That night we experienced our next travel moment anxiety, when the map we had of Pierre's house didn't match the streets we were walking on at all, after we had disembarked from the bus. A women whom my parents asked didn't know where it was either, but she had us come to her house while she called Pierre, and he came and got us. In America I would have expected her to leave us outside, but she had us come inside, got us chairs to sit on, offered drinks, gave Lydia chocolate, and she and her father chatted with us until Pierre came to take us to his house. Yet another example of the superlative French kindness I experienced there, as well as Divine help in our trip.

Pierre and his wife Claire were graciousness itself; they fed us, talked with us (well, not me really, but they tried to at least), played with Lydia, and were all that hosts should be. My parents gave them a photography book on Utah as a gift, and then they began giving gifts too; first a couple of cartoon books to my parents (Pierre had first introduced my Mom to Asterix when she taught him), Lydia got three stuffed animals, and Claire even emptied her vase of fresh daffodils from her garden and gave them to me.

The next day our foray in to the French people's lives continued when after (an all French) church we went to some member's house that my Mom had known and had lunch with them. We had Raclette (yummy French food where you eat melted cheese on potatoes with ham; you melt the cheese and cook the ham right at the table on a Raclette grill) and other good French food and once again enjoyed ourselves, although I still didn't know what was going on. Although in this family there were a couple of people who spoke English, so I got along quite well.

Finally, we were on our way to Paris; the Sister was driving us to the train station (we had bought our way too expensive train tickets the day before) to go to Paris, when my step-father realized that he didn't know where the tickets were. The entire half-hour drive was fraught with worry, while we imagined being stranded in Lille, or the cost of re-buying all the tickets. Up until now we had gone through several travel worries and moments of stress, but every time something miraculous had happened to carry us through; somehow we weren't sure how this could happen this time. Also, this wasn't a very funny mishap. When we arrived at the station Don went through the super long line, and found out that they didn't keep a register of tickets sold, so we couldn't go on the train. However, if he found the tickets, and had them there before 6:00 pm (our original train left at 5:00 pm, and at this point it was exactly 5:00) we could take the next train which left at 6:00. My mom went and called the hotel, and it turned out that he had left the tickets there, so Don, my mom, and the French sister went and jumped into her car to try and get to the hotel (on the edge of town) and return to the center of town in less than an hour, while Avram, Lydia and I waited in the station. After the most tense fifty minutes of my life, they arrived back at 5:50 pm with the tickets, Don and Avram waited in line and changed the tickets, and at about four minutes to six we ran onto the train, safely on our way to Paris.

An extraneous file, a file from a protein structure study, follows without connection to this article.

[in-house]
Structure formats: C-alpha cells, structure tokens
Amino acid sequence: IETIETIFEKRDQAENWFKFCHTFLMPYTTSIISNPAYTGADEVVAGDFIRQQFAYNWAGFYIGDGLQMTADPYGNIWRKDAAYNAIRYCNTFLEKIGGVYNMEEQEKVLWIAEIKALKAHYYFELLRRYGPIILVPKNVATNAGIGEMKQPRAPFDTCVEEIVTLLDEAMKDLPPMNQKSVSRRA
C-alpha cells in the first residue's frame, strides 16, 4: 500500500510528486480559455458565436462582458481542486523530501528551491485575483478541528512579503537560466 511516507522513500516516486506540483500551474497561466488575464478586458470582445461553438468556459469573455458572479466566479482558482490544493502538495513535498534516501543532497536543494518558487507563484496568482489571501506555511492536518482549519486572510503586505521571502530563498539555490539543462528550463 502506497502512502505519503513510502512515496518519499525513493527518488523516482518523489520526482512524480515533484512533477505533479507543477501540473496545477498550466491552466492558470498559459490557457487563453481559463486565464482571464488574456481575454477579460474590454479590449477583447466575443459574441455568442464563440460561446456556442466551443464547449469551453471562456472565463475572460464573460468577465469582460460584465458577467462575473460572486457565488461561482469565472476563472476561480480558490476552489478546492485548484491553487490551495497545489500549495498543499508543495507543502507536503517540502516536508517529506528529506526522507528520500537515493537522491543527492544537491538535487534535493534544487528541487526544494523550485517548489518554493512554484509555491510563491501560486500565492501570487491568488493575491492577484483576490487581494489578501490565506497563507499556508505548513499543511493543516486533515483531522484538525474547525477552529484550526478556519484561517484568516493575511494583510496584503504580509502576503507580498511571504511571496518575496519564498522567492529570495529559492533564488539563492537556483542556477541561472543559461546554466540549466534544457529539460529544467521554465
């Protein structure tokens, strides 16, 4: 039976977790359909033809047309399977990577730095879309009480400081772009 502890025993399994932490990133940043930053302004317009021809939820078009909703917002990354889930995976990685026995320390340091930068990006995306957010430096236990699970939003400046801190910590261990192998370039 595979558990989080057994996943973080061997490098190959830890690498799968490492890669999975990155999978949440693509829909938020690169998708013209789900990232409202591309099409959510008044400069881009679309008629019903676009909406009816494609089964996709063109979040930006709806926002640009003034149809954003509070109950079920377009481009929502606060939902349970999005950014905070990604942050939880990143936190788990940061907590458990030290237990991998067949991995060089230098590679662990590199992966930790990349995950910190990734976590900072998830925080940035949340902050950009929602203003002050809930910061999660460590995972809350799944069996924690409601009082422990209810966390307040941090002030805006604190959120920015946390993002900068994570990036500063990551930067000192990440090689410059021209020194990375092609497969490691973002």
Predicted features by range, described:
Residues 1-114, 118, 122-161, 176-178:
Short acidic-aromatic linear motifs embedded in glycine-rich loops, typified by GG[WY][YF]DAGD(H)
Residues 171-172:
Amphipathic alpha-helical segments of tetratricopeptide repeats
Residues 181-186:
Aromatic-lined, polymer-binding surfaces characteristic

I'm glad to report that this was the final glitch in our travel plans; either Heavenly Father exhausted his help, or more likely we finally got our act together and managed alright without the collective help of the French nation to assist us on our way.

I'll continue in my next post with our three days in Paris, where we actually started sight-seeing instead of just spending money to test God and the French Public's hospitality and pity (not to mention the French public transportation system).

Here's the video; if anyone can identify the song, please do so.


  1. Cool - you got to experience a real live French transportation strike! I don't know how you managed to stay in Formule 1s without a car - a truly difficult prospect in my mind. Can't wait to hear about Paris.

  2. Too bad about Flanders. I had had, seriously, the best meal of my life in Ypres.

    So good.

  3. sorry about all the troubles at the start of your trip! it still sounds like a wonderful experience and i am sure you will not even think twice about that money in a few years. That parade is an interesting thing.. hmmmm.... i am curious what it was all about! cant wait to hear more on your travels.